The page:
Grand jury judge asked to quash new Secret Service subpoenas Clinton lawyers also ask appeals panel to block agents' testimony today

July 16, 1998|By Susan Baer and Lyle Denniston | Susan Baer and Lyle Denniston,SUN NATIONAL STAFF

WASHINGTON -- Rushing back to court to open a new challenge to Kenneth W. Starr, Justice Department lawyers tried yesterday to prevent agents in the president's security detail from testifying before a federal grand jury.

U.S. District Judge Norma Holloway Johnson held a 50-minute, closed-door hearing on the issue. The judge is presiding over the special grand jury looking into the Monica Lewinsky matter.

Johnson had taken no action as of late last night, legal sources said. Fearing that her inaction would mean the subpoenas would have to be obeyed promptly, administration lawyers asked the federal appeals court here to step in.

Meanwhile, the president's private lawyers threatened to start still another court battle with the independent counsel, accusing him of a "backdoor attempt" to learn what Clinton may have told them privately about Lewinsky, a former White House intern.

The subpoenas to Larry L. Cockell, the head of Clinton's security detail, and five uniformed Secret Service officers demanded the agents appear before the special grand jury today. Linda R. Tripp, Starr's key witness, also is scheduled to give testimony today in her sixth day before the jury.

Cockell, who is often close enough to Clinton to overhear the president's most private conversations, received a subpoena Tuesday, after the Justice Department announced it would appeal a ruling requiring Secret Service agents to testify. The appeal was aimed at quashing subpoenas to three other Secret Service employees Starr wanted to question.

The Justice Department has argued that testimony by the Secret Service agents might cause the president to push them away when he is engaged in confidential business and thus increase the danger of his being assassinated.

Starr, who is investigating whether Clinton lied in denying a sexual relation with Lewinsky and also encouraged her to lie about it, has not said why he wants to question Cockell and the other agents.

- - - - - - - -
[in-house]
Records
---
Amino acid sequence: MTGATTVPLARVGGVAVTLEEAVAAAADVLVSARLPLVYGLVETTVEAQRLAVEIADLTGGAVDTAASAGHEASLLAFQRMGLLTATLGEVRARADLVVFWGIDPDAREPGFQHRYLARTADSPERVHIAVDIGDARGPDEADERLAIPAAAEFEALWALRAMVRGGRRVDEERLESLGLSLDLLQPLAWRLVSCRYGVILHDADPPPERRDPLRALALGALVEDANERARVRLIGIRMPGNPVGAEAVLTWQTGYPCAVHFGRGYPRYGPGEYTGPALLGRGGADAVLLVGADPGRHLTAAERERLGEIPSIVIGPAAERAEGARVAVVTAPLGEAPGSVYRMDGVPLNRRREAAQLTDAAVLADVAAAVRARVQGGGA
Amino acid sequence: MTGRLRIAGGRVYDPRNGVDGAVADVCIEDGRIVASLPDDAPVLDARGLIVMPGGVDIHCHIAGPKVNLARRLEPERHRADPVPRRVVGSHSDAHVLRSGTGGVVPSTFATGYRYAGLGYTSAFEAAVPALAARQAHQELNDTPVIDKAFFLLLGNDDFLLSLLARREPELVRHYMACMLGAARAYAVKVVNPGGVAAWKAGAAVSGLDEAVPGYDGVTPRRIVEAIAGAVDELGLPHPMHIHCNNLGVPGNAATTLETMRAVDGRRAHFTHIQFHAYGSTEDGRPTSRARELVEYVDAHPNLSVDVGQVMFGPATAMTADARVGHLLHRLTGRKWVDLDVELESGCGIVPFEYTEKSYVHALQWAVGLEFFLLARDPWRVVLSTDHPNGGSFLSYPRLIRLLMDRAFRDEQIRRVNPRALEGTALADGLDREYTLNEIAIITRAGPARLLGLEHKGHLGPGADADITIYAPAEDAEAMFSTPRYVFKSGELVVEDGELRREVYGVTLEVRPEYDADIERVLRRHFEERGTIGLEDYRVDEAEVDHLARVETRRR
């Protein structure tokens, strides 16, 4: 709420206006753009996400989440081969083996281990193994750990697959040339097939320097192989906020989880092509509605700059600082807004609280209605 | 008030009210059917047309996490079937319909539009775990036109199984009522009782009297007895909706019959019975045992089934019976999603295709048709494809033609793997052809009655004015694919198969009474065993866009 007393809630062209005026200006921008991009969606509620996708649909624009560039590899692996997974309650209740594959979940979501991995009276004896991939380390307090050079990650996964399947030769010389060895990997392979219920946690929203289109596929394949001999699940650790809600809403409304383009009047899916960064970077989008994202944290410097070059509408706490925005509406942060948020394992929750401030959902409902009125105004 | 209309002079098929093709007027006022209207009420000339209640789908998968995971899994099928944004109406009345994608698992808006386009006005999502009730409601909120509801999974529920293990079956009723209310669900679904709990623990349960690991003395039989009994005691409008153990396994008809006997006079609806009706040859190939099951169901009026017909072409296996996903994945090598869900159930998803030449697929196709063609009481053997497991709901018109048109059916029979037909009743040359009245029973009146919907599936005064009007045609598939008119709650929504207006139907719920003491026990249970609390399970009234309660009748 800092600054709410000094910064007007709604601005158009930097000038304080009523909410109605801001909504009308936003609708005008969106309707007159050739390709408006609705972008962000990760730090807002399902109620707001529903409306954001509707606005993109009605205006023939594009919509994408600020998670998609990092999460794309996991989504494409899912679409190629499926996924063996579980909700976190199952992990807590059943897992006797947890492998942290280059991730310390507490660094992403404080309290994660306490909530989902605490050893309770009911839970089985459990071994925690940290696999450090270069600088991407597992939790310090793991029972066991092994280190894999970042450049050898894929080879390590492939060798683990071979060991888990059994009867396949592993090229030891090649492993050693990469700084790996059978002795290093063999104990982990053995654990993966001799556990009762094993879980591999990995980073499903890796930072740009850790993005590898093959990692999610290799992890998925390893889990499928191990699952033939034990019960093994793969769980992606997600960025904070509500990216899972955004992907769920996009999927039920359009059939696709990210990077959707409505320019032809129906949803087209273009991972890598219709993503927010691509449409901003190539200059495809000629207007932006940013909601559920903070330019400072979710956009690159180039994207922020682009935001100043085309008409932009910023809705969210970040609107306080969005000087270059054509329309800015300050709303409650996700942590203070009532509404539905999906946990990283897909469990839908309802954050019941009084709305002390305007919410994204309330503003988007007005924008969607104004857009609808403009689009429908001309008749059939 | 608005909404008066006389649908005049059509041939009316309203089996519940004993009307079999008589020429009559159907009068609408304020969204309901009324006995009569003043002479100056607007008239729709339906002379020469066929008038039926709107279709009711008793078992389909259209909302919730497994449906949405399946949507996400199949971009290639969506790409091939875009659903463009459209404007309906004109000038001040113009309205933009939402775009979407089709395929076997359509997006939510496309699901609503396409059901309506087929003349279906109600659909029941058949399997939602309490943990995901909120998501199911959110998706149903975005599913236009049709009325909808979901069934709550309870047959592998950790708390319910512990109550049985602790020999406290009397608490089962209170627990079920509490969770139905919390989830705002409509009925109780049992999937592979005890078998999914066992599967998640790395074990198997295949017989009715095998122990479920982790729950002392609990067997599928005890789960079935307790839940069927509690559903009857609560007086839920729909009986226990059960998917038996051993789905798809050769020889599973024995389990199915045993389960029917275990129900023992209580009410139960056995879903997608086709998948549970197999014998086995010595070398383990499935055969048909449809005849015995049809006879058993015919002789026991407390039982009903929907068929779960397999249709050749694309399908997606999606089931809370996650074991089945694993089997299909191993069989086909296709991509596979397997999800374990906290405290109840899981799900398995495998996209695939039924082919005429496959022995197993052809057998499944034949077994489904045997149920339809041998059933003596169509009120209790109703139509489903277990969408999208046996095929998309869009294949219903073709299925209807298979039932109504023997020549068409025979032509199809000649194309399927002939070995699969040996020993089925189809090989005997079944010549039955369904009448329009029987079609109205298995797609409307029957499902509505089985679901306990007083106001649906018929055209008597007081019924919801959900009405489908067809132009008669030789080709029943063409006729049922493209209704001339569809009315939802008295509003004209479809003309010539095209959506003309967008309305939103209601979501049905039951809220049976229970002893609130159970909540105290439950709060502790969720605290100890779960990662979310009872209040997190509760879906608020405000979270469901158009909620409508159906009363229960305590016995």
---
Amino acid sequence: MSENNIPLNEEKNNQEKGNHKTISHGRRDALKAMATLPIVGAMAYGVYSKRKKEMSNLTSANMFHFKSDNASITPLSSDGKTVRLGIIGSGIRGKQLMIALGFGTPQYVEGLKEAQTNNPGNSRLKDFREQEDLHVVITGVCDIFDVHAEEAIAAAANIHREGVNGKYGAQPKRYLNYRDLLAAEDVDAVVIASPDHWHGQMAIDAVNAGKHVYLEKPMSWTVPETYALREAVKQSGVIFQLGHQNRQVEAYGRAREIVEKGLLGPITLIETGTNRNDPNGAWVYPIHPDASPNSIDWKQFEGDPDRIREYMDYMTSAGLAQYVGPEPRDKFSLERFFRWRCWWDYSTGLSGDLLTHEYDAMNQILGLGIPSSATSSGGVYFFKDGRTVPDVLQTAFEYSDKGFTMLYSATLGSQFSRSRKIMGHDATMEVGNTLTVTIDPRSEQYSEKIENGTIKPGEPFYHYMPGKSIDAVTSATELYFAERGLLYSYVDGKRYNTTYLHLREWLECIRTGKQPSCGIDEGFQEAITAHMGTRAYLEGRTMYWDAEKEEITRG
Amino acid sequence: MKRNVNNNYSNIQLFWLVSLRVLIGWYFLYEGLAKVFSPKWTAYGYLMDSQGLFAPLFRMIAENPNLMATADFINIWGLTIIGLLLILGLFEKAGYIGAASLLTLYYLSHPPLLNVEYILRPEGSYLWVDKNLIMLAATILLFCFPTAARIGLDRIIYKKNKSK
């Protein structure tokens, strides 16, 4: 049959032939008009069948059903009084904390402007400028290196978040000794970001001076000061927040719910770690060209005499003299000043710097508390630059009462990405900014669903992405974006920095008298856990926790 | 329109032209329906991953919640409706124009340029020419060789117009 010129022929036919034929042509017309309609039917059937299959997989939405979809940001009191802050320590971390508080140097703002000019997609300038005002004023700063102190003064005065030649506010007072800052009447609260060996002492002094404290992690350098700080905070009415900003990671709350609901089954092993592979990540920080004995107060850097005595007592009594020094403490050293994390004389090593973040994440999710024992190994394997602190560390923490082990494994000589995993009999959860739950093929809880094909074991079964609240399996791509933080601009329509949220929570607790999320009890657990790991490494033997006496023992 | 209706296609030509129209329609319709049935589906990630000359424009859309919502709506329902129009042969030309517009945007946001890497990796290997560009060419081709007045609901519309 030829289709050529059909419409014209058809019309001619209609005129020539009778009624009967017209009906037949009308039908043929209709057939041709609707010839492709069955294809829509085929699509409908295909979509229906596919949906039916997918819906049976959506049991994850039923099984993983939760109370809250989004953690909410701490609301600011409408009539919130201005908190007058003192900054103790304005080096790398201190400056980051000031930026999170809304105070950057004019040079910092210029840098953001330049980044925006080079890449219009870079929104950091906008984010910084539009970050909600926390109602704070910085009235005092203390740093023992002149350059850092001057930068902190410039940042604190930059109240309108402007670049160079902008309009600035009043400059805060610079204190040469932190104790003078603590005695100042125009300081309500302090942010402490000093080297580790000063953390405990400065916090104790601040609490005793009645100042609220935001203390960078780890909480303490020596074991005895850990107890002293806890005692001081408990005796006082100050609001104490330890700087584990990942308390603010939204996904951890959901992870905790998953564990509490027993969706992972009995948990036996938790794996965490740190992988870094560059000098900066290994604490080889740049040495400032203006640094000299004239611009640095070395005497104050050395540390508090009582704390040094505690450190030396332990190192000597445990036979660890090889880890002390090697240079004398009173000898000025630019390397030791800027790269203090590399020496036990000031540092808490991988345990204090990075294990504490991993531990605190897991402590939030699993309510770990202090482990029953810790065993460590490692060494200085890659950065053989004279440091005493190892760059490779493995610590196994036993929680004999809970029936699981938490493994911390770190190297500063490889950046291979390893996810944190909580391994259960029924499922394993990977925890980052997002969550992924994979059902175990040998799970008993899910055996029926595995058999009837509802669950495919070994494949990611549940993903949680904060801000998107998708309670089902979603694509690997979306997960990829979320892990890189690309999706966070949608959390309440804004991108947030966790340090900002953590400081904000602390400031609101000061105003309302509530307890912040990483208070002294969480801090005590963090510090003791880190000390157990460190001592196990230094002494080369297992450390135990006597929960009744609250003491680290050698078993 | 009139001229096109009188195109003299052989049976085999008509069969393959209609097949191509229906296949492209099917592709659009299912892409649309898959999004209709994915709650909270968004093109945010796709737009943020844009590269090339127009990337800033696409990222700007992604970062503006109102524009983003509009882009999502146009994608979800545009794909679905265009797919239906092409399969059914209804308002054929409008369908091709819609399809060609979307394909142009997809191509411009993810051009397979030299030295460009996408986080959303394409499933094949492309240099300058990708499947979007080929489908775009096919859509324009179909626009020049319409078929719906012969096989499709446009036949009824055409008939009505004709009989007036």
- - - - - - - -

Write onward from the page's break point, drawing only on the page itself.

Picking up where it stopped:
But relying on a news report, White House spokesman Michael McCurry and Clinton's private lawyers said Starr might have summoned Cockell to ask him about conversations he could have overheard between Clinton and one of those attorneys, Robert S. Bennett.

Cockell was in the room at Bennett's office in January during Clinton's daylong deposition in the now-dismissed Paula Corbin Jones sexual misconduct case. He was also in the limousine with the president and Bennett on their way back to the White House when the deposition may have been discussed.

McCurry, echoing the lawyers' sentiments, said Starr's subpoena to Cockell may be a "backdoor attempt to impede and intrude upon the attorney-client privilege."

"The government has a right to come and take someone who, by law, has to be in the car to protect the president, and try to find out about that conversation?" McCurry asked.

Bennett and David E. Kendall, Clinton's lawyer in the Whitewater and Lewinsky matters, said any attempt to intrude on the relationship between Clinton and his private counsel "will be aggressively and firmly resisted."

"The president deserves the same right to private counsel as any other citizen, but the independent counsel's track record for respecting this right is not encouraging," the lawyers said.

On Capitol Hill, Sen. Orrin G. Hatch, the Utah Republican who heads the Senate Judiciary Committee, criticized Attorney General Janet Reno for mounting what he called "a fruitless campaign" in the courts to insulate Secret Service agents from testifying.

At a Senate hearing on Justice Department operations, Hatch told Reno he was "extremely dismayed" that the administration was pursuing the matter with another court appeal.

He also criticized Reno for refusing to defend Starr against critics, and for remaining silent in the wake of a Maryland prosecutor's investigation of possible illegal wiretapping by Tripp, who recorded 20 hours of telephone calls with Lewinsky as she discussed Clinton.

Reno countered that last week's decision by an appeals court refusing to protect Secret Service agents from forced testimony "is wrong" and the importance of the issue "warrants further review" in the full 11-member Court of Appeals.

"I tell you, with all my heart, it is not done for delay," Reno told the committee.

Pub Date: 7/16/98

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